L to computing edge (edge computing) is an expression of quite fashionable. If you ask any computer company if they do edge computing, the most likely answer is yes. The word remain so overused that, in many cases, it has almost lost its meaning, simply meaning, ” Yes, we have an industrial PC somewhere, with a program running .” But this, in reality, does not reflect the essence of edge computing and, without a doubt, does not reach its full innovative potential, mainly in industrial applications.
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The Age of Cloud Computing
The history of computing shows various waves of local versus centralized data processing. In recent years, there has remained a strong trend towards cloud computing: data management and computing are moving to large centralized areas of servers, while personal computers remained limited to hosting a web browser.
The benefits of managing data in the cloud are clear:
- Quick and easy software updates, as they can remain managed from a centralized source;
- A global and integrated vision of all the workflows and teams connected to the cloud, which allows making decisions both at a worldwide and local level;
- A central place with all the data for further optimizations.
Data Management Limitations
on the cloud
But this bright new future also has its downsides. With the overall transition to IoT and cloud-connected machinery and logistics, new challenges await us. Today, when real things, such as cars, buildings and turbines, come equipped with a digital twin, more data remain collected for processing in cloud data management applications.
For example, if vibrations in a machine get out of control, they can easily cause a chain reaction, capable of disabling the entire production line. Consequently, modern control systems come with an increasing number of sensors placed in the machine’s key parts, which are in charge of detecting these vibrations and sending their data to the operating system, in the cloud, for continuous analysis and specificity. Imagine all these little sensors producing data in an industrial production environment – the data load is enormous.
And that is where one of the main challenges of managing data in the cloud appears. If you are working with data processing in the cloud,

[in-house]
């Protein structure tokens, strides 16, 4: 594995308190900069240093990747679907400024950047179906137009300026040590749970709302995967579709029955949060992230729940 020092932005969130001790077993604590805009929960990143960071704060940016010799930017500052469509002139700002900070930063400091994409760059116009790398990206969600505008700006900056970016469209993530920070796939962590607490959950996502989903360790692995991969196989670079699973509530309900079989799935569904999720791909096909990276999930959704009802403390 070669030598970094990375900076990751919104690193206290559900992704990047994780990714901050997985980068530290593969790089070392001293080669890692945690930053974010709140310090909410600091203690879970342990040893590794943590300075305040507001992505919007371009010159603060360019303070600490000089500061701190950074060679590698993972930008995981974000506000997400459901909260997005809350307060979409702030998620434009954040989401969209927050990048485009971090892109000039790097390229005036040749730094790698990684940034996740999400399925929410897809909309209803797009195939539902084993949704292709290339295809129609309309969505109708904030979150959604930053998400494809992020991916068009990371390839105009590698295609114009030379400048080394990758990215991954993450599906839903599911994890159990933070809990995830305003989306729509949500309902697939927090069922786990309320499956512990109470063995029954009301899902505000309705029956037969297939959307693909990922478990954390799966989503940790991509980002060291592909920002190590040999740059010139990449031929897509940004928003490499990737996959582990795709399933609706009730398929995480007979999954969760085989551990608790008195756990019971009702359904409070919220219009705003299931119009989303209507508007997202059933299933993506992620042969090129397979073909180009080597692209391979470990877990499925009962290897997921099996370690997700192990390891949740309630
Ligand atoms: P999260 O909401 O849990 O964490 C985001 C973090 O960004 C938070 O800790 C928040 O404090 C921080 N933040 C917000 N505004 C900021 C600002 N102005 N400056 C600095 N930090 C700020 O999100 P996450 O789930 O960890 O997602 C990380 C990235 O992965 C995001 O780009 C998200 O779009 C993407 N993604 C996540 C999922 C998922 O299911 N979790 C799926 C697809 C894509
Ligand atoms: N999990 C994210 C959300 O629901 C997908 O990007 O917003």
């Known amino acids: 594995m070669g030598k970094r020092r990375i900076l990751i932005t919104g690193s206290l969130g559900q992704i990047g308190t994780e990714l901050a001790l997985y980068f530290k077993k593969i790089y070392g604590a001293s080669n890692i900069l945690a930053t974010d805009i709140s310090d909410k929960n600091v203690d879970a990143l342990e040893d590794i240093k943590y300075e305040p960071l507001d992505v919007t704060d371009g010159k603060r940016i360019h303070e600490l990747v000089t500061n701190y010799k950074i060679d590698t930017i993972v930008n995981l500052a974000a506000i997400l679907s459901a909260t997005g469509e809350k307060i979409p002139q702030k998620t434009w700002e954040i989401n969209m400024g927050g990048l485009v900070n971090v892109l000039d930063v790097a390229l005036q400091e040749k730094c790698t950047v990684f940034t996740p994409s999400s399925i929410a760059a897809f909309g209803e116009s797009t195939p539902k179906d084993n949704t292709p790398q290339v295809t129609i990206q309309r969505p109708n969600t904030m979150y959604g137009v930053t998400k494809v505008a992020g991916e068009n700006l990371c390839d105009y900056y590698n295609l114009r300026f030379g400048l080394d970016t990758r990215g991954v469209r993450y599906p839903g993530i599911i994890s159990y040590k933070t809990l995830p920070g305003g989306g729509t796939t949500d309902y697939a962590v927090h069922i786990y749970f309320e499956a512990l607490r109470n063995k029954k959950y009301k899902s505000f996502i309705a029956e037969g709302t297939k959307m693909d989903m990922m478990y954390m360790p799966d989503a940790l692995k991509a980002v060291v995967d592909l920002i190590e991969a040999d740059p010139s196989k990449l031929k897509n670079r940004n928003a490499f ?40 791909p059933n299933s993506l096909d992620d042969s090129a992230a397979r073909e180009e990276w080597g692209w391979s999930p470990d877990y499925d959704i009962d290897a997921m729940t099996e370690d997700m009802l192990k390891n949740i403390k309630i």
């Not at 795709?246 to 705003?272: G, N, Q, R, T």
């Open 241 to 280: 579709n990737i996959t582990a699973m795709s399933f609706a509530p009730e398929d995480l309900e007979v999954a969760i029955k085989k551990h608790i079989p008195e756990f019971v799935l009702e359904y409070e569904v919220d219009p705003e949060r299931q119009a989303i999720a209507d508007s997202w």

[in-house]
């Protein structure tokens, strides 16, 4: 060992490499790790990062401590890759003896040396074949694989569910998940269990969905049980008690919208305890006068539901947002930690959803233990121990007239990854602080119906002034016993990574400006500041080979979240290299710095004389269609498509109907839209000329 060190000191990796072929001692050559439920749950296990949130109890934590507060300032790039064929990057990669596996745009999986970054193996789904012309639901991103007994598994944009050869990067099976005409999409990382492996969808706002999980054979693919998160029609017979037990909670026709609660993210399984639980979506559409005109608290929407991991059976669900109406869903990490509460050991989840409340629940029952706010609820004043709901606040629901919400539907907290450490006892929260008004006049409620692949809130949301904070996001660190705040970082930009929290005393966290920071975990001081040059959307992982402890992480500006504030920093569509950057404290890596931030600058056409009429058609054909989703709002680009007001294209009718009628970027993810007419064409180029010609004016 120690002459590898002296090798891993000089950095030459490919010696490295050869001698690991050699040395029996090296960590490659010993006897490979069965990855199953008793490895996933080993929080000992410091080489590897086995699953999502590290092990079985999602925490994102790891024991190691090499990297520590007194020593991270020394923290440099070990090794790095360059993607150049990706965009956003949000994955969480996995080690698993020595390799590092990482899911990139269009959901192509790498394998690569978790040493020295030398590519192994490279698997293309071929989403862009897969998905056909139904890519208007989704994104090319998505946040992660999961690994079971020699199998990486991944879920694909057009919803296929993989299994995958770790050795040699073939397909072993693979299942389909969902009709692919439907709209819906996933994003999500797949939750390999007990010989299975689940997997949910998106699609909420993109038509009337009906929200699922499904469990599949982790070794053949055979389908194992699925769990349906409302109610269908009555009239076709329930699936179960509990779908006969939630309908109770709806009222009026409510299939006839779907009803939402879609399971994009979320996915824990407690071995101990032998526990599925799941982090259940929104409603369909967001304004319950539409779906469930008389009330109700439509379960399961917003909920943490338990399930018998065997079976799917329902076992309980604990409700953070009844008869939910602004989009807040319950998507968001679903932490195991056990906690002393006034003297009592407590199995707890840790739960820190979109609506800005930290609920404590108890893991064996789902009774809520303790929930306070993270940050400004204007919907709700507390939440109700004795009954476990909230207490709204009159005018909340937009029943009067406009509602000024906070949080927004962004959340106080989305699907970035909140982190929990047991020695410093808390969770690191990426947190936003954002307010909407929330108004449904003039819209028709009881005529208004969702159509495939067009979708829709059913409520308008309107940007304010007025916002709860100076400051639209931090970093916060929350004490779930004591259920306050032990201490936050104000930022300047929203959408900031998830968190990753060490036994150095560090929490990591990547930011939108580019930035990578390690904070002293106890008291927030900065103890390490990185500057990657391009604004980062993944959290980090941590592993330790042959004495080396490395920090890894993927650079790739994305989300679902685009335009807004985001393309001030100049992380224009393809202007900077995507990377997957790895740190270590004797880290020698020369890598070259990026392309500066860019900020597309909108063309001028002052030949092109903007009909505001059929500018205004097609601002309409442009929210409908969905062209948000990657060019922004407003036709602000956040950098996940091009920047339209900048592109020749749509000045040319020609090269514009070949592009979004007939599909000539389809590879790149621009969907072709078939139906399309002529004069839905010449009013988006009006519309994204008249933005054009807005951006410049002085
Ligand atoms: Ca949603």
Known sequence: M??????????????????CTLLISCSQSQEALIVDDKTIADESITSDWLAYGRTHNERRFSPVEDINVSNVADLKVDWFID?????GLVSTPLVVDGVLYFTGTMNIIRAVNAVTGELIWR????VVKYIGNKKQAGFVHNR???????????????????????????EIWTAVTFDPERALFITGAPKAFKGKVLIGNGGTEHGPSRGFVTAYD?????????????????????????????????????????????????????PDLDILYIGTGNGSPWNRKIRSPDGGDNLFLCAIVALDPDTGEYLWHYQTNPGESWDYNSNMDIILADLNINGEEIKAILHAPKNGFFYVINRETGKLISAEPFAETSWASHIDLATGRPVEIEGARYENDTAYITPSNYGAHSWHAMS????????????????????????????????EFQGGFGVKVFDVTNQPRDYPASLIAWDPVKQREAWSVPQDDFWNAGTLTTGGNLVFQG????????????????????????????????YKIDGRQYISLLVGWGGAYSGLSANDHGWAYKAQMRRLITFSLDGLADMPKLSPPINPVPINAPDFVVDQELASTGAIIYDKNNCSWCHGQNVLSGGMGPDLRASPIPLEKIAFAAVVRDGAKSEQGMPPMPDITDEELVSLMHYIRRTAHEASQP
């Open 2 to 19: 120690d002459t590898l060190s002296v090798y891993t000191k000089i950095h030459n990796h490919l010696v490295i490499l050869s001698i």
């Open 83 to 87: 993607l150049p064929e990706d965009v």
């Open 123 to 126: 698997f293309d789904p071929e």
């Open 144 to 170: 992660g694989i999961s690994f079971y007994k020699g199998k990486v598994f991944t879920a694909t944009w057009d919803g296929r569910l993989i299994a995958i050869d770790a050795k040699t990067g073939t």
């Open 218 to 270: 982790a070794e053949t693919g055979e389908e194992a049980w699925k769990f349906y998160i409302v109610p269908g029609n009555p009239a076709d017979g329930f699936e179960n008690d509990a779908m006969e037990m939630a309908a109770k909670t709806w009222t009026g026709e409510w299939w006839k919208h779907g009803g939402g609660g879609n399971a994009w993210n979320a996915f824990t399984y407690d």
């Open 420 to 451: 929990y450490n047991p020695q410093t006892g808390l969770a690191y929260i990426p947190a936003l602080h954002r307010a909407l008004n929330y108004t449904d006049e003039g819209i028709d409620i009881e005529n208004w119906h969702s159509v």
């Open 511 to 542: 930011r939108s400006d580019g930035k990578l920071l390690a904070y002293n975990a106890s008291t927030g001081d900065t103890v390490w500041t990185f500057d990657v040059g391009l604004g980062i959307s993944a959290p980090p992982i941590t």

There are likely to be several drawbacks:
- Physical limitations of data transfer (still bits and bytes cannot travel faster than light!);
- Dependence on network availability (when the network goes down, control and optimization from the cloud also goes down);
- Data loading (even at high speed, a data transfer of this magnitude is too slow);
- Data privacy (there is data that industrial companies do not feel comfortable sharing in the cloud);
- Cybersecurity (the transfer of data within systems in the cloud always offers a vulnerability to theft. So the transfer of data in systems that operate in the cloud remain generally confined to uploading data. Since the download is still more sensitive to cyberattacks).
Handling a large data load is easier when the data remain processed locally. Are we ready for a revival? Is the wave of computing history reversing towards local data processing? Yes and no. And that’s where edge computing comes in.
The computing edge is not new. The biggest players in computing, such as Cisco, have used it for years and its sister in fog (fog). The real innovation has to do with the latest integration with industrial production processes and their optimization within systems that operate in the cloud.
Edge applications, such as Analyze MyWorkpiece, offer the ability to collect and analyze data close to where it devises within the production process. For example, Siemens remain also integrated with MindSphere. An operating system from IoT in the cloud. In edge computing, data processing is not exclusive to the core of the cloud. Still, it fundamentally occurs at the periphery, the edge of the Internet, where it comes into contact with the physical world.
Integrating edge computing in industrial clouds enables us to take advantage of the benefits of cloud systems. Such as quick and easy software updates while taking advantage of local data processing, at the same time, such as data security, rapid application reactions and the control environment within an industrial production process.
Why is Industrial Edge Computing the Solution?
There is a lot of enthusiasm for industrial edge computing, even though a few concerns arise:
- The risks of implementing digitization;
- The acquisition of a niche solution with little scalability;
- Investing in a prototype that doesn’t work for all machines.
But with industrial edge applications, these concerns are easy to address. They offer fully integrated, deployable, and cost-effective solutions on critical issues such as maintaining privacy and dealing with heavy data loads, achieving the improvements promised by digitization while leveraging data management in the cloud.
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